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Handle with care

Whether they’re subject to regular inspections or not, church kitchens should incorporate a safety program into their operation and follow a Hazard Analysis & Critical Control Points (HACCP) plan.

Pamela Goldstein, vice president of operations at Nevada-based Humidity Control Systems — maker of CoolerKING, an all-natural mineral filter — also recommends that a certified food manager, or a volunteer trained in a food safety course, trains food preparation workers in safe food handling practices.

In a commercial kitchen, a licensed kitchen manager can perform these duties. “This person has to go through training and ensure that the food handling rules are followed,” says Eric MacInerney, principal and project architect at Heimsath Architects in Austin, TX. “In fact, depending on its planned uses, the church might have to consider hiring a kitchen manager.”

The 37,500-square-foot  commercial kitchen at Hope Baptist Church in  Toledo, OH, includes a three-compartment sink, ansul hood and gas ranges.

The 37,500-square-foot
commercial kitchen at Hope Baptist Church in
Toledo, OH, includes a three-compartment sink, ansul hood and gas ranges.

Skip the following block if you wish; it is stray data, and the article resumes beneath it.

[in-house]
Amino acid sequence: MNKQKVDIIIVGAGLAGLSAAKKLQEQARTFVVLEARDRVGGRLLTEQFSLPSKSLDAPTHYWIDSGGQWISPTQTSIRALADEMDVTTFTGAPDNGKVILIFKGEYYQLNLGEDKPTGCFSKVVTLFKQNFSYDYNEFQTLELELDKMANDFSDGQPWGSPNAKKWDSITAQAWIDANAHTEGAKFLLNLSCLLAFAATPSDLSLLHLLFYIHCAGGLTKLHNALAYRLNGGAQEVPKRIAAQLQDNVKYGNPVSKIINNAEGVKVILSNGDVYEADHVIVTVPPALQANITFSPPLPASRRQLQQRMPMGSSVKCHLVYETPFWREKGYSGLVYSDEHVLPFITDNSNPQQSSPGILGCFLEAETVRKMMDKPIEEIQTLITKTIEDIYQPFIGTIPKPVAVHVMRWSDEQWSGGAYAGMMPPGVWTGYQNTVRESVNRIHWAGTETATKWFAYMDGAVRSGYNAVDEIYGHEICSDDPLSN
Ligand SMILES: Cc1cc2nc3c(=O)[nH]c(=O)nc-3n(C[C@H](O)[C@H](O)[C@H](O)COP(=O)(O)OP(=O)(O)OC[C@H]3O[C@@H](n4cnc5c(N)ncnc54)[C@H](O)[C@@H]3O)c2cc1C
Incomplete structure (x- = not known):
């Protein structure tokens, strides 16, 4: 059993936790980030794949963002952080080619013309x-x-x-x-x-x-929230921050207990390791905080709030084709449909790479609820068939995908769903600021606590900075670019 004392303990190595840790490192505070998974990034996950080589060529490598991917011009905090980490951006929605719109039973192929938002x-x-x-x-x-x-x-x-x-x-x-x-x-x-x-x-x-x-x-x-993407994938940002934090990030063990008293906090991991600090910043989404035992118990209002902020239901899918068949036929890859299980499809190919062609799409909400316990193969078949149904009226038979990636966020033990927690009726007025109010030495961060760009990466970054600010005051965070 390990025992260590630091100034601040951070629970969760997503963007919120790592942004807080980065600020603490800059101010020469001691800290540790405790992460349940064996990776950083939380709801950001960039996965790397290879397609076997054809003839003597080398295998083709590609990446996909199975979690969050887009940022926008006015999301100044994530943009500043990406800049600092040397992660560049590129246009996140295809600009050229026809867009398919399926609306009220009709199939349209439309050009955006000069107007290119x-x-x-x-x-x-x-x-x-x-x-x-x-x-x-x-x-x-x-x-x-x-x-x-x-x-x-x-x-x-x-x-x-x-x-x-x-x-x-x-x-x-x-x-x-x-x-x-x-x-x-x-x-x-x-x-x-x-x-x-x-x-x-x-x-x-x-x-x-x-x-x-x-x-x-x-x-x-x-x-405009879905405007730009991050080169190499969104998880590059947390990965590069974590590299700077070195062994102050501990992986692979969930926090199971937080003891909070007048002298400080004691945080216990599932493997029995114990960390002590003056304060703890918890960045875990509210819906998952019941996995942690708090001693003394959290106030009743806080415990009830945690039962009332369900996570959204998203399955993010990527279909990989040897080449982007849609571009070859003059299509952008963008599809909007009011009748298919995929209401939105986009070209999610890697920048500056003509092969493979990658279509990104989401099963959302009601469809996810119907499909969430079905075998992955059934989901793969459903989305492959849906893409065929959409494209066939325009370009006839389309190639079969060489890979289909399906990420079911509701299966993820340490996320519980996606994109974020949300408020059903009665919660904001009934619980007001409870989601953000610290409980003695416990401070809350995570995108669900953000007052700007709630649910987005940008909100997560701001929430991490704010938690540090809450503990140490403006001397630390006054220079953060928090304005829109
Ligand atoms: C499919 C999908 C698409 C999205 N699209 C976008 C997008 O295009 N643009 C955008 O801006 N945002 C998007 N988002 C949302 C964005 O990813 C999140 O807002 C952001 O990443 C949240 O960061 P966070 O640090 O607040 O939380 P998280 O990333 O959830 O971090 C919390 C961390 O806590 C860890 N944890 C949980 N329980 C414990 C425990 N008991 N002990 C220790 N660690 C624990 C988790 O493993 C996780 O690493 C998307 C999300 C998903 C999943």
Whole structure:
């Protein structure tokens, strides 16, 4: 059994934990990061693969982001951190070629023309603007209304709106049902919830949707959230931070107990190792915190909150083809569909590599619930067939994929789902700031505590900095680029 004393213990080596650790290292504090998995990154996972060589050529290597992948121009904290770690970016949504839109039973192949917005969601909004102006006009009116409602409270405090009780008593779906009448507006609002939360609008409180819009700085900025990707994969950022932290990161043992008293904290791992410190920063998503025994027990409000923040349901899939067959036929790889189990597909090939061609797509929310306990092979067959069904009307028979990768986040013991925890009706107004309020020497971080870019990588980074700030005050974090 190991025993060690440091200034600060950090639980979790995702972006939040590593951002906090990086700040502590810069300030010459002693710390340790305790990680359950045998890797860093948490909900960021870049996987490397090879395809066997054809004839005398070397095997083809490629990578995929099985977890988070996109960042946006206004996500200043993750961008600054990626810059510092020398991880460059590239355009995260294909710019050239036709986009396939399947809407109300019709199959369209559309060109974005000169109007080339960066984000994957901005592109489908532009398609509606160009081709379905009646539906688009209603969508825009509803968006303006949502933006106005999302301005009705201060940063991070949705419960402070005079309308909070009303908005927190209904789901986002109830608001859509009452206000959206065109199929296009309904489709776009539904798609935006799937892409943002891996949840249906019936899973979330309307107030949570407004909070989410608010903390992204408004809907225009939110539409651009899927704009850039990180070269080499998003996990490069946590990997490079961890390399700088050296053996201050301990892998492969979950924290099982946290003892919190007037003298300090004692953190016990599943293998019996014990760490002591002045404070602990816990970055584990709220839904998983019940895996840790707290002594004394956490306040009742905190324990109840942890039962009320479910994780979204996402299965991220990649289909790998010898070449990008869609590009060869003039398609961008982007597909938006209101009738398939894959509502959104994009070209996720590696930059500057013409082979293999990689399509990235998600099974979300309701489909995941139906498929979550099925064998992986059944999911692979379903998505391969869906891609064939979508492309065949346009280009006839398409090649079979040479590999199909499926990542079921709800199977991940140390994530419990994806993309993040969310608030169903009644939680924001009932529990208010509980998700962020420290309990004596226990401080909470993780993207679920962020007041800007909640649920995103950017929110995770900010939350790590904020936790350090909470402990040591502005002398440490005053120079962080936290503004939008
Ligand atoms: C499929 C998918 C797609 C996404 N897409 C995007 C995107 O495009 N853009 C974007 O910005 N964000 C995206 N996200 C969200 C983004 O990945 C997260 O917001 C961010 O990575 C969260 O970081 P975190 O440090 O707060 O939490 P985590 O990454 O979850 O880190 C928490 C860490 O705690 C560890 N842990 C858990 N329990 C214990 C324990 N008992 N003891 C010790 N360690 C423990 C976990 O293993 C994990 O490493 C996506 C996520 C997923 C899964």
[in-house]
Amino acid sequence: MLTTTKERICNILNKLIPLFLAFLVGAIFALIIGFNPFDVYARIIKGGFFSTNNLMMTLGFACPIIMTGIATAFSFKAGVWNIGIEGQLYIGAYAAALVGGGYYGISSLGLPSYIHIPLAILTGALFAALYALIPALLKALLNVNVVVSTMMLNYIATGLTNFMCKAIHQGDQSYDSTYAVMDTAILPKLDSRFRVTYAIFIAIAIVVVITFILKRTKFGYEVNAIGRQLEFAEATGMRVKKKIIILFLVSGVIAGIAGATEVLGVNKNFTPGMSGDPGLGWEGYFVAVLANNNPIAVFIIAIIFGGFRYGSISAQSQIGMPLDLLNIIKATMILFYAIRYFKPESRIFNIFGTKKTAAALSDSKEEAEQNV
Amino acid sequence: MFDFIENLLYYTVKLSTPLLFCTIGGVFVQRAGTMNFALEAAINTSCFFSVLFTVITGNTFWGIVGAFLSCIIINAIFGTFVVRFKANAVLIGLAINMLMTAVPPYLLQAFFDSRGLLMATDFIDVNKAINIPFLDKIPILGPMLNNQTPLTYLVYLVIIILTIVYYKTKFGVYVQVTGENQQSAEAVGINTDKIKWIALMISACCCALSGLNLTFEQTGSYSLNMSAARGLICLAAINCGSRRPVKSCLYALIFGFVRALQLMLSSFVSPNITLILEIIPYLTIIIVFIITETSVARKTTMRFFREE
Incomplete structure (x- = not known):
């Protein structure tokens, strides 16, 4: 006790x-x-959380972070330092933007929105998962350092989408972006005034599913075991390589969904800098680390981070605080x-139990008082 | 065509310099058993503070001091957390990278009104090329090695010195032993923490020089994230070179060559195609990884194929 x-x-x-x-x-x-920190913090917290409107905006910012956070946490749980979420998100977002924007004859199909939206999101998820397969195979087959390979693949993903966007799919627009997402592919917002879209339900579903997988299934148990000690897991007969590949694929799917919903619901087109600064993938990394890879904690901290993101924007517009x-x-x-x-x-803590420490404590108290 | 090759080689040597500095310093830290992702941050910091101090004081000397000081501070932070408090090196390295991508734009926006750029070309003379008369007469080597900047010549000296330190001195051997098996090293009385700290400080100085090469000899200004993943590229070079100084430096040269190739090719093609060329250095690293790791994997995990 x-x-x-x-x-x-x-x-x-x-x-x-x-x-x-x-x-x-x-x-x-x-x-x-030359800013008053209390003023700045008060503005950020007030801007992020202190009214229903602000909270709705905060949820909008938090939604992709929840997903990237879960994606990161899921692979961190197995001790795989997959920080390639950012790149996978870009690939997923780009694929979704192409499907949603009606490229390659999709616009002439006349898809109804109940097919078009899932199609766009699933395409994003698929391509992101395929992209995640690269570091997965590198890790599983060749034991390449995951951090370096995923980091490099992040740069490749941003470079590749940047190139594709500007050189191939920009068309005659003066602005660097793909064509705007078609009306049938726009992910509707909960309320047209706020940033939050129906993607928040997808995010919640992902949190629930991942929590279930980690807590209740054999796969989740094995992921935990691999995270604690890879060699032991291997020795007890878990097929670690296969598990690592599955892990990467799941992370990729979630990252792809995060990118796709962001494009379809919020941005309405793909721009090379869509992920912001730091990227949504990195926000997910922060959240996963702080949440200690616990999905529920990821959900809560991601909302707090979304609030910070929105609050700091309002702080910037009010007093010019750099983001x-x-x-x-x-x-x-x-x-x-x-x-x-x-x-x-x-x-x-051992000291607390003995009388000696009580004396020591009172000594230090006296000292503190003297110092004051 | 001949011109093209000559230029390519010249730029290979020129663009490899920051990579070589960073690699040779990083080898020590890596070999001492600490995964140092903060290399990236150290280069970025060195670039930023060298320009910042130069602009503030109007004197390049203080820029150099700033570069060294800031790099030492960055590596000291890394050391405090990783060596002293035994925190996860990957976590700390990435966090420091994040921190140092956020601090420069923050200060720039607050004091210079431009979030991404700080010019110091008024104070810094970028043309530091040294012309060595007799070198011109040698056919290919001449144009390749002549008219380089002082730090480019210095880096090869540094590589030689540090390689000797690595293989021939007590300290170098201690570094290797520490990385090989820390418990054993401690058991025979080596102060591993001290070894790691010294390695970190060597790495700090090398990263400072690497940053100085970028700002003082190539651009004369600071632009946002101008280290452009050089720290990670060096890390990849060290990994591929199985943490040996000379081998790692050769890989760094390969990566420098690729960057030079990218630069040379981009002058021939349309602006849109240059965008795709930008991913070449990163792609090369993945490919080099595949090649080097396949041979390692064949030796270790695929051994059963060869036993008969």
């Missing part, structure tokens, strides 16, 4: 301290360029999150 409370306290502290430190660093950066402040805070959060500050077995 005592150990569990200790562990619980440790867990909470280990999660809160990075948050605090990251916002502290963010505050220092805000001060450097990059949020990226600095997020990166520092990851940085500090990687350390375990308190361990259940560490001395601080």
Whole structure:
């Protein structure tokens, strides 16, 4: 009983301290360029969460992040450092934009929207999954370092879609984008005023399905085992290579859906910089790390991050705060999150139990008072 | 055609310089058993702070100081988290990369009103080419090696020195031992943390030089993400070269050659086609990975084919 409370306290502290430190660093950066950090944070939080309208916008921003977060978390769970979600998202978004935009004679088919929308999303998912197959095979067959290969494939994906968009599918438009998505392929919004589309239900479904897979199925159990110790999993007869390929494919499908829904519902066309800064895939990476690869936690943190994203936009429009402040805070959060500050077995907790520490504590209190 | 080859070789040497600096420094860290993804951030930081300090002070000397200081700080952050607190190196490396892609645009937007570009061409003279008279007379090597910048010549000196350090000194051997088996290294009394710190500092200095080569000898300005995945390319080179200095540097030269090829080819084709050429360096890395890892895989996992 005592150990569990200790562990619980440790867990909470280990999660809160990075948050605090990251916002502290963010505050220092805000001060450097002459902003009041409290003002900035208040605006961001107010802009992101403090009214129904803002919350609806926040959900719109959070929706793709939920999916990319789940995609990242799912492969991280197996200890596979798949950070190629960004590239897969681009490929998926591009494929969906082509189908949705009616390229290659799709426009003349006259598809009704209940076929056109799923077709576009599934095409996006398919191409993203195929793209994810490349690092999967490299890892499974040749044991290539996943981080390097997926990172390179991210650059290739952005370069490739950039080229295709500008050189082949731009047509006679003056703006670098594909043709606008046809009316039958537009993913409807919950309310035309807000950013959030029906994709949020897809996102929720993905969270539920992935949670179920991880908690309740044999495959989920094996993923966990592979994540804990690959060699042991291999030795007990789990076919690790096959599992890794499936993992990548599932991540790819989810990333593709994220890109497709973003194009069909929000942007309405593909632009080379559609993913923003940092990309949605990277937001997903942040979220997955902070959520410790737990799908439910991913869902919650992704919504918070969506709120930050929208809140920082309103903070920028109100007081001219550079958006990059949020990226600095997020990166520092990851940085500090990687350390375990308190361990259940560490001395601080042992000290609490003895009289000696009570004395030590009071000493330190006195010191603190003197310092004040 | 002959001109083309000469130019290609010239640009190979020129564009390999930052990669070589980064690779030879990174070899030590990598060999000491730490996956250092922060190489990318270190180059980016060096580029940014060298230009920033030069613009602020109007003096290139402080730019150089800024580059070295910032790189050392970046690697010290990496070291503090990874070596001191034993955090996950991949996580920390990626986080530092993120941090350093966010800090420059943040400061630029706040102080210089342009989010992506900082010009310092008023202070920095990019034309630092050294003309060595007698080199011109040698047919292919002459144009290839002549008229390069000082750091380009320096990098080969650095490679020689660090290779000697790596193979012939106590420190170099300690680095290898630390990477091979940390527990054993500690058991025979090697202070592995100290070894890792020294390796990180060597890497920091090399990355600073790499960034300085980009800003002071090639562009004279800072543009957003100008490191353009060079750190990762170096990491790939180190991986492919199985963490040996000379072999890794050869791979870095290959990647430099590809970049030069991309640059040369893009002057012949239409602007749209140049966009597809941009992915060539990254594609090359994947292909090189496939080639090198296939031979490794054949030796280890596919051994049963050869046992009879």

Libby Shoop, marketing manager at Indianapolis-based C&T Design and Equipment Co., Inc., agrees. “A commercial kitchen requires a person in charge (PIC) who’s Serv-Safe-certified” — a certification offered through the National Restaurant Association, she says.

Stuart Powell, CEO and president of Oklahoma-based Cookshack, feels the same way about training. He recommends that all volunteers working in church kitchens attend a food safety course, typically offered at no cost by the local health department.

Proper equipment operation is another top-of-mind concern for Shoop and Powell. “Training in this area is so huge, especially with heavy-duty equipment,” she continues. “High heats create complex use.”

And, as Powell points out, many churches assume everyone knows how to operate certain pieces of equipment. “Take a dishwasher, for example,” he says. “There are a lot of differences between a home-use dishwasher and a commercial one.”

In the end, design experts agree the risks inherent to church kitchens are the same as in any kitchen.

“They’re dangerous places with lots of sharp and hot things in them,” says Ernest C. (Terry) Biglow, III, AIA, managing principal at CDH Partners, Inc., in Marietta, GA. “Anyone working in a church kitchen should be aware of these dangers and understand how to work in one, safely.”

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